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Not since The Thorn Birds has Colleen McCullough written a novel of such broad appeal about a family and the Australian experience as The Touch.
At its center is Alexander Kinross, remembered as a young man in his native Scotland only as a shiftless boilermaker's apprentice and a godless rebel. But when, years later, he writes from Australia to summon his bride, his Scottish relatives quickly realize that he has made a fortune in the gold fields and is now a man to be reckoned with.
Arriving in Sydney after a difficult voyage, the sixteen-year-old Elizabeth Drummond meets her husband-to-be and discovers to her dismay that he frightens and repels her. Offered no choice, she marries him and is whisked at once across a wild, uninhabited countryside to Alexander's own town, named Kinross after himself. In the crags above it lies the world's richest gold mine.
Isolated in Alexander's great house, with no company save Chinese servants, Elizabeth finds that the intimacies of marriage do not prompt her husband to enlighten her about his past life -- or even his present one. She has no idea that he still has a mistress, the sensual, tough, outspoken Ruby Costevan, whom Alexander has established in his town, nor that he has also made Ruby a partner in his company, rapidly expanding its interests far beyond gold. Ruby has a son, Lee, whose father is the head of the beleaguered Chinese community; the boy becomes dear to Alexander, who fosters his education as a gentleman.
Captured by the very different natures of Elizabeth and Ruby, Alexander resolves to have both of them. Why should he not? He has the fabled "Midas Touch" -- a combination of curiosity, boldness and intelligence that he applies to every situation, and which fails him only when it comes to these two women.
Although Ruby loves Alexander desperately, Elizabeth does not. Elizabeth bears him two daughters: the brilliant Nell, so much like her father; and the beautiful, haunting Anna, who is to present her father with a torment out of which for once he cannot buy his way. Thwarted in his desire for a son, Alexander turns to Ruby's boy as a possible heir to his empire, unaware that by keeping Lee with him, he is courting disaster.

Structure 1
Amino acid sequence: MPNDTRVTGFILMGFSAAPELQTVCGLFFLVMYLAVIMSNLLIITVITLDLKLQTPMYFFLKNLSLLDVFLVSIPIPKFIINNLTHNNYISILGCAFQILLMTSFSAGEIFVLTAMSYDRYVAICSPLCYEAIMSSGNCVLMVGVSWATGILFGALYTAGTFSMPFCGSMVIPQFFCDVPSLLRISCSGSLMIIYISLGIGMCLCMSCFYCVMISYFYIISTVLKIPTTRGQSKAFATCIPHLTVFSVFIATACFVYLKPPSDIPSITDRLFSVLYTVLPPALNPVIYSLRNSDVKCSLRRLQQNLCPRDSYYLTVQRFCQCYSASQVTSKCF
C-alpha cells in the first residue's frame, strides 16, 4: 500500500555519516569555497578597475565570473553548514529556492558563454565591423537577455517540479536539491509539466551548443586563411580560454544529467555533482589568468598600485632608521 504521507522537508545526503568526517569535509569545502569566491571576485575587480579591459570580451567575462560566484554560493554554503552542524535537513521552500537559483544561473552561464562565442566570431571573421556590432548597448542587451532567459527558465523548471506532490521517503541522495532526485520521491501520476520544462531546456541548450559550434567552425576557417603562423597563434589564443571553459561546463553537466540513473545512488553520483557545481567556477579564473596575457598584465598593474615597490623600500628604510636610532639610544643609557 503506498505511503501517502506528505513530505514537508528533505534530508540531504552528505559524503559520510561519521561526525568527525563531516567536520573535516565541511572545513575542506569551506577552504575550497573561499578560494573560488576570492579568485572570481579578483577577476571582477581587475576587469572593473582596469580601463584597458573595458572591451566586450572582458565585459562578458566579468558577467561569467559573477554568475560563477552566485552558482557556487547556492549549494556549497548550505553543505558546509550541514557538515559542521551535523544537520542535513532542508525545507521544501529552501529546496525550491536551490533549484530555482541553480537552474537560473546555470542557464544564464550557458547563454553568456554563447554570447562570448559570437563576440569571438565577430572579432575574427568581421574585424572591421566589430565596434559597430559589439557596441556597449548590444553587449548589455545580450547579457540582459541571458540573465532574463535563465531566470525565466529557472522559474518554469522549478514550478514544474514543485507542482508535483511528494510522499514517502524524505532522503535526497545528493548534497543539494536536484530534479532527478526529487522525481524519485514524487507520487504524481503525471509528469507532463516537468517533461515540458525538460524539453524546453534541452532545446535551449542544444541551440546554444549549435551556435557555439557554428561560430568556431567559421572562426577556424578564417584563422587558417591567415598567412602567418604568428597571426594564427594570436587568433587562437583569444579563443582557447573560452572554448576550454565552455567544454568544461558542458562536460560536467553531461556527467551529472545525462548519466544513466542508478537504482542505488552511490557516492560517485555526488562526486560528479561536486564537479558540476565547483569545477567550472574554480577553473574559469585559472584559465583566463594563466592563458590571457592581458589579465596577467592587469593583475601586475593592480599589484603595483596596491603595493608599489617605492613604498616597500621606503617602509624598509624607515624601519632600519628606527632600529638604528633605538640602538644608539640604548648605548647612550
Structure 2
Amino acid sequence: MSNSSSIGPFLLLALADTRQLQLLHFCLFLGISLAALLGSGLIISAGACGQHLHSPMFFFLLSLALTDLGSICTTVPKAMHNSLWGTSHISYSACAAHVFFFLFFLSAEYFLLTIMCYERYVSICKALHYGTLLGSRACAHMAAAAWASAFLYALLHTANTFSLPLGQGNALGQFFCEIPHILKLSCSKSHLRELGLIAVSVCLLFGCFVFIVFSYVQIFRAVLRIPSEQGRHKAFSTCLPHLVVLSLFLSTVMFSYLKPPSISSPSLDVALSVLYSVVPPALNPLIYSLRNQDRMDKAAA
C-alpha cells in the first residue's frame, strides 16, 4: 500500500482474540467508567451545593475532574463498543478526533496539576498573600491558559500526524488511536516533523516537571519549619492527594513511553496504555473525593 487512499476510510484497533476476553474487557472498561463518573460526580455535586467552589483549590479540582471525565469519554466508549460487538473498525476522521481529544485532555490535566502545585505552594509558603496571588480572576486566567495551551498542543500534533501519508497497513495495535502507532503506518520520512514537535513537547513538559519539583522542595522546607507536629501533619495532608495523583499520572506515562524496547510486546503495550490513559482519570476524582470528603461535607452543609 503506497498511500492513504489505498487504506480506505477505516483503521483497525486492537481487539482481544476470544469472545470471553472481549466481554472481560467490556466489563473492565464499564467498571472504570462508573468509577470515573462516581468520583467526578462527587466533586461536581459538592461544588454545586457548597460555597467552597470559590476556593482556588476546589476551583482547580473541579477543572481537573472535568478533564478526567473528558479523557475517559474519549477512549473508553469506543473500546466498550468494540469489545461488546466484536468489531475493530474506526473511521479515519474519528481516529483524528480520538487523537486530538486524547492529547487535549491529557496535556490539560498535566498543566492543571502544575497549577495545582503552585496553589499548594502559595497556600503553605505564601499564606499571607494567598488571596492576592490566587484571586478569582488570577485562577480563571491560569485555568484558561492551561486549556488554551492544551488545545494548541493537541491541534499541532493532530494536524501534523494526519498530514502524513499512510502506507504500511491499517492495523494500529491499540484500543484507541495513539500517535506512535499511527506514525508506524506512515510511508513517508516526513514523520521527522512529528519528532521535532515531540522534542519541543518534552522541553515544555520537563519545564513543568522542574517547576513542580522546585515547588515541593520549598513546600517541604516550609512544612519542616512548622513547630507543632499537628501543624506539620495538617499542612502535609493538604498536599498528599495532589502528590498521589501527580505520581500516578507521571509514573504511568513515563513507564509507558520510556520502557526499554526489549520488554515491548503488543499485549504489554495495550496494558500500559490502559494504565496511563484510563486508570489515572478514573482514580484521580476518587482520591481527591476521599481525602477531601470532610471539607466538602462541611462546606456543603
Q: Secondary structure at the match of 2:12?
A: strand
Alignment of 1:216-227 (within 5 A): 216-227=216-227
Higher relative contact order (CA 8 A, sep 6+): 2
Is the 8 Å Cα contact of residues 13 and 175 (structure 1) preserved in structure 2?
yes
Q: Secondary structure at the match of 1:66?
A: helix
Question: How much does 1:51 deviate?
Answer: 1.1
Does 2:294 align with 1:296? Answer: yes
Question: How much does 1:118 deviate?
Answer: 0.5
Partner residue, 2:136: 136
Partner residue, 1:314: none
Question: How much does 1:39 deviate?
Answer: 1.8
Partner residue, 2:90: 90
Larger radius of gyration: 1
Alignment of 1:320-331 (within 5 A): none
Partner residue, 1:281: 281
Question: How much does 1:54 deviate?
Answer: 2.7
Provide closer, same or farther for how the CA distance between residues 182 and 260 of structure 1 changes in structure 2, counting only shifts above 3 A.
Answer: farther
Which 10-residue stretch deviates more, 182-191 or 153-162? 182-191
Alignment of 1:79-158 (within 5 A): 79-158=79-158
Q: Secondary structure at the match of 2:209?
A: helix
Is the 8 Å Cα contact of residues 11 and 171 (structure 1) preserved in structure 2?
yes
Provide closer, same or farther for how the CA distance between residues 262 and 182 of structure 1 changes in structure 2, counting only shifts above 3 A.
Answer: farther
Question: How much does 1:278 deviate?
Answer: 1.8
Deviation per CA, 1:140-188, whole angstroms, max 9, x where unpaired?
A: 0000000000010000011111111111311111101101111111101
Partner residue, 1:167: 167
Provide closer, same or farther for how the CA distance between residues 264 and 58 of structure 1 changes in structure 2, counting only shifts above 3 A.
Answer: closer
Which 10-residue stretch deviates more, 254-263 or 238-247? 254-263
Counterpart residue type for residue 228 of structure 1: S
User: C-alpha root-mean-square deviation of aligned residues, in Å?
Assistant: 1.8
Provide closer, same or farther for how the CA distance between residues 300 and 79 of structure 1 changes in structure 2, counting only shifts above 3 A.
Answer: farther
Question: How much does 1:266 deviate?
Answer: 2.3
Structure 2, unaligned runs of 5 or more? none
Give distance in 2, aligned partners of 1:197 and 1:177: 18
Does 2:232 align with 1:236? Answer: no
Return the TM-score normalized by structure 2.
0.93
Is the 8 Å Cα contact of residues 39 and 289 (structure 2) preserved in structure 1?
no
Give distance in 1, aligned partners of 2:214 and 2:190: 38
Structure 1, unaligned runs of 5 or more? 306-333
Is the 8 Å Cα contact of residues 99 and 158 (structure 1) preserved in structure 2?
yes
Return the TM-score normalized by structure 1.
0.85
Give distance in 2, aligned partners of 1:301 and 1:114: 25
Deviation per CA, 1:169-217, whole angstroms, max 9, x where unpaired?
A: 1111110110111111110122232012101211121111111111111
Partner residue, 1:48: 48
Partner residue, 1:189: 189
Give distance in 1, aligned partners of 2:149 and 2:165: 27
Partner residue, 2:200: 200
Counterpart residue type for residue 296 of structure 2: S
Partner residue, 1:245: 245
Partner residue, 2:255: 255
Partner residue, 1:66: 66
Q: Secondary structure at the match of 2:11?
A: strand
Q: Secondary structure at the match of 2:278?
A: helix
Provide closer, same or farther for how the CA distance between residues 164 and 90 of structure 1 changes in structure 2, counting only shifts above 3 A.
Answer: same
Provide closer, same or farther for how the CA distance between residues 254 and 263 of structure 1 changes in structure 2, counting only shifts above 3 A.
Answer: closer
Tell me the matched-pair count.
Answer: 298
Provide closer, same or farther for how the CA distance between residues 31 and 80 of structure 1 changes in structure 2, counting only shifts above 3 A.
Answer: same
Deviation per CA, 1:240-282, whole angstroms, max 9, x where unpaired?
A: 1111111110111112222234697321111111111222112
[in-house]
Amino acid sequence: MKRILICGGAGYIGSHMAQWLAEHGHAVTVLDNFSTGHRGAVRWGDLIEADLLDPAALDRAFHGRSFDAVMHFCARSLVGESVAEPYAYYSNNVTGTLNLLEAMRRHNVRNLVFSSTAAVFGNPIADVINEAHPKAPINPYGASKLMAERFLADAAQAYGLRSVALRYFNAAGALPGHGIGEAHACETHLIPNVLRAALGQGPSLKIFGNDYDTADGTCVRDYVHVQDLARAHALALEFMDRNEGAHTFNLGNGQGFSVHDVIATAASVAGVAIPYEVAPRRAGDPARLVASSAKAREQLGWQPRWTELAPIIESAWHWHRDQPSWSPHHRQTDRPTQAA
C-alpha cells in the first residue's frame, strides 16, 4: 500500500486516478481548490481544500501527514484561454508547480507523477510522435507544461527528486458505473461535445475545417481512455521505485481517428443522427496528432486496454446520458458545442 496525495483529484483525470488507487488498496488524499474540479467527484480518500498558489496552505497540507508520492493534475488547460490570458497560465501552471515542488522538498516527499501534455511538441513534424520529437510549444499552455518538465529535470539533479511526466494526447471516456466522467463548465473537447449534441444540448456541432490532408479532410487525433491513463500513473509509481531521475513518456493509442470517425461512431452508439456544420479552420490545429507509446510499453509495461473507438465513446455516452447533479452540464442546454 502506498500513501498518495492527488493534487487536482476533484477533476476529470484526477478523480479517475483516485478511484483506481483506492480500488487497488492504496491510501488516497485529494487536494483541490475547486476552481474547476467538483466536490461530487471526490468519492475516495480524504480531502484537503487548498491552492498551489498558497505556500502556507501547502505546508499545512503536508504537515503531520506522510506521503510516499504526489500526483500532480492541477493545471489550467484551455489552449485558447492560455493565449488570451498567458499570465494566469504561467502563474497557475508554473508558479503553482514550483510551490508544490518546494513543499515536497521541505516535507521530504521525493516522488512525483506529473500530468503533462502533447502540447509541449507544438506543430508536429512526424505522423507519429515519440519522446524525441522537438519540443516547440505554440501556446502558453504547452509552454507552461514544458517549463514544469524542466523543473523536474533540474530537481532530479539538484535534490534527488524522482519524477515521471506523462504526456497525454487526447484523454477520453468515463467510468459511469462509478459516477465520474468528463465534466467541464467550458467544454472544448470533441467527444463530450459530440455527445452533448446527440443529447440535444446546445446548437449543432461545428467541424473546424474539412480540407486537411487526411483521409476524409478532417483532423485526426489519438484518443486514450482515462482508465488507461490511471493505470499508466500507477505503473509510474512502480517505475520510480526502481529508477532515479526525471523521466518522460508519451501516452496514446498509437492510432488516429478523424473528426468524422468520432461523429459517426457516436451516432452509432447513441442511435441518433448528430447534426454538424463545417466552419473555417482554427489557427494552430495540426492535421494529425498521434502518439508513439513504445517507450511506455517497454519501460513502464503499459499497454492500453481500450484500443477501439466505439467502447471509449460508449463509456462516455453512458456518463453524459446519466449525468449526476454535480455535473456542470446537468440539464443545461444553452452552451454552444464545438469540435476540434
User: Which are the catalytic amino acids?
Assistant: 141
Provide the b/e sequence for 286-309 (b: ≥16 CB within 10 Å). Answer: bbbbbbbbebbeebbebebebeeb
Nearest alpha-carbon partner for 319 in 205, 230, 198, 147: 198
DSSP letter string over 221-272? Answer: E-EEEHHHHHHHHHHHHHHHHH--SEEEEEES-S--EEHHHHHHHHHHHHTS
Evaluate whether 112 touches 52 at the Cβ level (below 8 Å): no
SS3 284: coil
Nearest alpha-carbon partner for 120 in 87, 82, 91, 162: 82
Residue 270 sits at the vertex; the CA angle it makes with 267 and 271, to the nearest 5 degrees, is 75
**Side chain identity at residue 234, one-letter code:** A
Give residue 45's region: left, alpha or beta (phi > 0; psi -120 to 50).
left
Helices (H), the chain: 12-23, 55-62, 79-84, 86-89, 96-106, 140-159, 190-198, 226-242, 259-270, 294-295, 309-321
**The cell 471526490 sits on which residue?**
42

The stories of the lives of Alexander, Elizabeth and Ruby are intermingled with those of a rich cast of characters, and, after many twists and turns, come to a stunning and shocking climax. Like The Thorn Birds, Colleen McCullough's new novel is at once a love story and a family saga, replete with tragedy, pathos, history and passion. As few other novelists can, she conveys a sense of place: the desperate need of her characters, men and women, rootless in a strange land, to create new beginnings.
Published: Simon & Schuster on Nov 25, 2003
ISBN: 9780743214681
List price: $7.99
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McCullough has a deft hand with big sweeping family sagas and this book is no exception. In the late 19th Century, a young Scots emigrant, Alexander Kinross,, well on his way to becoming fabulously wealthy sends for a child bride from his native Scotland. Elizabeth, his wife, finds him frightening and dislikeable. They have two children, one of whom is brilliant; the other tragically flawed. Alexander retains his mistress, Ruby, who oddly becomes Elizabeth's closest friend and confidant. The story unfolds against the backdrop of key political and economic developments that shaped the future of Australia. While not one of McCullough's best, the book is very readable.As a side note, this book is a particularly good example of a problem that I noticed some years ago in McCullough's ability to develop child characters. Her adult portraits are always very solid, very believable but children are poorly drawn--either flat and ignorable or unrealistic.read more
Is this review helpful? Yes | NoThank you for your feedback.
A good read. A good story with lots of Austrailian color.read more
Is this review helpful? Yes | NoThank you for your feedback.

Reviews

McCullough has a deft hand with big sweeping family sagas and this book is no exception. In the late 19th Century, a young Scots emigrant, Alexander Kinross,, well on his way to becoming fabulously wealthy sends for a child bride from his native Scotland. Elizabeth, his wife, finds him frightening and dislikeable. They have two children, one of whom is brilliant; the other tragically flawed. Alexander retains his mistress, Ruby, who oddly becomes Elizabeth's closest friend and confidant. The story unfolds against the backdrop of key political and economic developments that shaped the future of Australia. While not one of McCullough's best, the book is very readable.As a side note, this book is a particularly good example of a problem that I noticed some years ago in McCullough's ability to develop child characters. Her adult portraits are always very solid, very believable but children are poorly drawn--either flat and ignorable or unrealistic.
Is this review helpful? Yes | NoThank you for your feedback.
A good read. A good story with lots of Austrailian color.
Is this review helpful? Yes | NoThank you for your feedback.
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